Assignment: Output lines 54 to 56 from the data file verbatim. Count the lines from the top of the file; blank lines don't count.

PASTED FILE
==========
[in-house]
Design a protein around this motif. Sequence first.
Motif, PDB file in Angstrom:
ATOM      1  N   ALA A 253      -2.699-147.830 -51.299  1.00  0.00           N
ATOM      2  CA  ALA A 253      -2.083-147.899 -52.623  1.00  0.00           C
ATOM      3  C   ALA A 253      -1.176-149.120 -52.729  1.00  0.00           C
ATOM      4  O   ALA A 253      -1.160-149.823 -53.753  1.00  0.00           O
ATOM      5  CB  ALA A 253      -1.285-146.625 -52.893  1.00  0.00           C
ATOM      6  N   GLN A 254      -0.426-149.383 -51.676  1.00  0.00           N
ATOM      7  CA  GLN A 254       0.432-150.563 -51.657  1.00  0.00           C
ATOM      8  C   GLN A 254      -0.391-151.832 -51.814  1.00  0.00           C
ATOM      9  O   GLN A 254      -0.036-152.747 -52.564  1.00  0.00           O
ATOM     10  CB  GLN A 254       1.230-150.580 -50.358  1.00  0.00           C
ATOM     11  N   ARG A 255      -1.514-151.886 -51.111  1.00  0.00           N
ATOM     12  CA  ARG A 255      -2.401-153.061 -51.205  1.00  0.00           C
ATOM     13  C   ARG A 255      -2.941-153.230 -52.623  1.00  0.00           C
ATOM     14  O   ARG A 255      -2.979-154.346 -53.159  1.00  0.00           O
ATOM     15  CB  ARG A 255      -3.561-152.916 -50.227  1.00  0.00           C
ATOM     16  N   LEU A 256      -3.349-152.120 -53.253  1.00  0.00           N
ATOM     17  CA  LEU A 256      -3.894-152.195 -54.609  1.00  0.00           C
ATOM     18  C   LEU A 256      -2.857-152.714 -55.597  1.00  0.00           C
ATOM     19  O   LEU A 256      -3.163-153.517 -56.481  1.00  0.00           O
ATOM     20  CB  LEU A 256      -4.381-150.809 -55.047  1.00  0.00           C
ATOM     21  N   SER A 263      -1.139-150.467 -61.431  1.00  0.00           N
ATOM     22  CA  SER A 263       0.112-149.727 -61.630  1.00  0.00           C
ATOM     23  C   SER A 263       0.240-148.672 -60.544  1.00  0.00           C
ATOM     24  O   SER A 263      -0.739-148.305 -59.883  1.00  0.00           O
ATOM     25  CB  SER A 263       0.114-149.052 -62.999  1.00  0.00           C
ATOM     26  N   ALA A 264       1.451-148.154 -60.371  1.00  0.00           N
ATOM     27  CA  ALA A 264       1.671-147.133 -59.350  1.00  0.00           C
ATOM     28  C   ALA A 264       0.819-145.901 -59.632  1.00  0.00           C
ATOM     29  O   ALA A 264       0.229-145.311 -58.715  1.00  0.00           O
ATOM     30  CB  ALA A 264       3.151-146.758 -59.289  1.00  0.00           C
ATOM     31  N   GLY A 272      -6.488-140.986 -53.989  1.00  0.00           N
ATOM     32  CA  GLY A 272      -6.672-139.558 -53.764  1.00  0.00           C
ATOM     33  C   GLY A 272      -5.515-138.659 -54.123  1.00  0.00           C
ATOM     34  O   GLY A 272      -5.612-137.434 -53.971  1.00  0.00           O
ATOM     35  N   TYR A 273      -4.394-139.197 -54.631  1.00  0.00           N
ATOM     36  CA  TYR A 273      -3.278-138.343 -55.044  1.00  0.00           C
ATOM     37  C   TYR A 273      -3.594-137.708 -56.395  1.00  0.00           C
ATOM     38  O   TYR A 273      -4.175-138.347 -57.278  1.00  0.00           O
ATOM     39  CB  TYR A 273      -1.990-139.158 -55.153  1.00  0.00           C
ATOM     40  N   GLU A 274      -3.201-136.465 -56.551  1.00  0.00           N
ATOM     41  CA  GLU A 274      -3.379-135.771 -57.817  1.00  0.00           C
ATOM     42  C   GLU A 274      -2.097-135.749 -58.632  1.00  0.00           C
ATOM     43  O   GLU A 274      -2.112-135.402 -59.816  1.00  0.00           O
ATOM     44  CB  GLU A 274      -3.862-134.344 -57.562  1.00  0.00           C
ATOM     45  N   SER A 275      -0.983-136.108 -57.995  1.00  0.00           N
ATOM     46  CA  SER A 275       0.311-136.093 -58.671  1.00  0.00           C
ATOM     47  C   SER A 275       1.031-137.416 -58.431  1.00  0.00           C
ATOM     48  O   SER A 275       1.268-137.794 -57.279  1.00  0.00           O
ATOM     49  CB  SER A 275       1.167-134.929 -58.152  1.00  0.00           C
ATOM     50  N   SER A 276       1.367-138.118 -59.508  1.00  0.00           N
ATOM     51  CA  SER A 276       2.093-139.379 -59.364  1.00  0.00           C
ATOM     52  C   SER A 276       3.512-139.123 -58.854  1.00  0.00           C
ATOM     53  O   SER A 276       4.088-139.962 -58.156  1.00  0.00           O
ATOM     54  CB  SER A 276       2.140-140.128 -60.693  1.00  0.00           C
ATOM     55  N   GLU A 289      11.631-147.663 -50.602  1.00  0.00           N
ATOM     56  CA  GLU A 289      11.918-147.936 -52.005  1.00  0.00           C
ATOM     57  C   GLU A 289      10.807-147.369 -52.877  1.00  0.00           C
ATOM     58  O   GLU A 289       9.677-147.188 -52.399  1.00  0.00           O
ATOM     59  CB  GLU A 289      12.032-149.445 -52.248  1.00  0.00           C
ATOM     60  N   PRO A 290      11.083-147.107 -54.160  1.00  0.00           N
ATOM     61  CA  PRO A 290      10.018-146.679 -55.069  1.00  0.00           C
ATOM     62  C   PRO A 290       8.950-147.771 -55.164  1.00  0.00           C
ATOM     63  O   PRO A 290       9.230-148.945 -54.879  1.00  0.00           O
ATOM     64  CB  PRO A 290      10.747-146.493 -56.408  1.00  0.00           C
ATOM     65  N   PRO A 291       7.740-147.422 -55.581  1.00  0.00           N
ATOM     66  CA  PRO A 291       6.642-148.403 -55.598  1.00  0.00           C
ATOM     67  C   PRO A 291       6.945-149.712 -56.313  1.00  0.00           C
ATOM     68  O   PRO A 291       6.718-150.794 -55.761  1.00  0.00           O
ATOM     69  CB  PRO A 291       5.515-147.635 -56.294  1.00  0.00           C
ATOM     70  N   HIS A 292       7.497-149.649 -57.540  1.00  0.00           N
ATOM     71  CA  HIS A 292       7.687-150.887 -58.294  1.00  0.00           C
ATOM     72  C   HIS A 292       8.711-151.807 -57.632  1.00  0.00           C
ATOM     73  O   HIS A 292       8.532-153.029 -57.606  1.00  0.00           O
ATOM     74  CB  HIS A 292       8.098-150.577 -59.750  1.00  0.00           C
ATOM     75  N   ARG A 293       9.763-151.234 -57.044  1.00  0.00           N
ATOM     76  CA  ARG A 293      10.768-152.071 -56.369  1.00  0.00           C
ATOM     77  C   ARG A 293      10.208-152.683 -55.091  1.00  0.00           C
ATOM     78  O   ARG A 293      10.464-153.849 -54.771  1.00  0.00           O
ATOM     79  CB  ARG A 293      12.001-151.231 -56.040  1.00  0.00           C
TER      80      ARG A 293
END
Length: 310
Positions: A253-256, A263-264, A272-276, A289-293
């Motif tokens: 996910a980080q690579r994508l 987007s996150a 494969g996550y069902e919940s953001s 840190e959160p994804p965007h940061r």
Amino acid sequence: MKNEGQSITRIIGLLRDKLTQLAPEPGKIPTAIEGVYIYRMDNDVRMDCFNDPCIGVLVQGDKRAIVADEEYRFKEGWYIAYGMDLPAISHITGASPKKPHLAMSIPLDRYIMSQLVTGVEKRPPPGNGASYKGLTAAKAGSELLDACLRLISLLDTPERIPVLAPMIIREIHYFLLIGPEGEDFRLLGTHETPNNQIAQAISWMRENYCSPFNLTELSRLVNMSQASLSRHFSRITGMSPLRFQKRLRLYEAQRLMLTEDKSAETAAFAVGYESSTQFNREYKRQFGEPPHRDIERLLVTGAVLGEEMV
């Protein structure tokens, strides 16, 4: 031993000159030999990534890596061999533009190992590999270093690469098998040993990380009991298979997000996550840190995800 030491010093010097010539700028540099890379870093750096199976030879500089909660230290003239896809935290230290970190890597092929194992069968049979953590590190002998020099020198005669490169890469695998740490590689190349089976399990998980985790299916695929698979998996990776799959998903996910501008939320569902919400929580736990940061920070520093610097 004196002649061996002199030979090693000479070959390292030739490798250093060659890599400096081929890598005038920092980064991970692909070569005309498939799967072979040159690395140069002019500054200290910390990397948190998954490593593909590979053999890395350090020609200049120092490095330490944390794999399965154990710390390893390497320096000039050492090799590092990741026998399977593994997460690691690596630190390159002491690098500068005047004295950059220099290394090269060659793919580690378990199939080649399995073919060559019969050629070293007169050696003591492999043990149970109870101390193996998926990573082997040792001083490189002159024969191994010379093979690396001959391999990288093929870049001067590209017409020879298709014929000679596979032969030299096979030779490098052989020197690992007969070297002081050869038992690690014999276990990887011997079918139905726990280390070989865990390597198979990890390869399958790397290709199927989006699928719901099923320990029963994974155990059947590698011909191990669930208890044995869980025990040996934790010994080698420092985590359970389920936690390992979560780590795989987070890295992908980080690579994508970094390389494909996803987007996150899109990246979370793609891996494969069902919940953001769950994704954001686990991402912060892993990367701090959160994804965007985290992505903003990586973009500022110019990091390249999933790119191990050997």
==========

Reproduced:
ATOM     51  CA  SER A 276       2.093-139.379 -59.364  1.00  0.00           C
ATOM     52  C   SER A 276       3.512-139.123 -58.854  1.00  0.00           C
ATOM     53  O   SER A 276       4.088-139.962 -58.156  1.00  0.00           O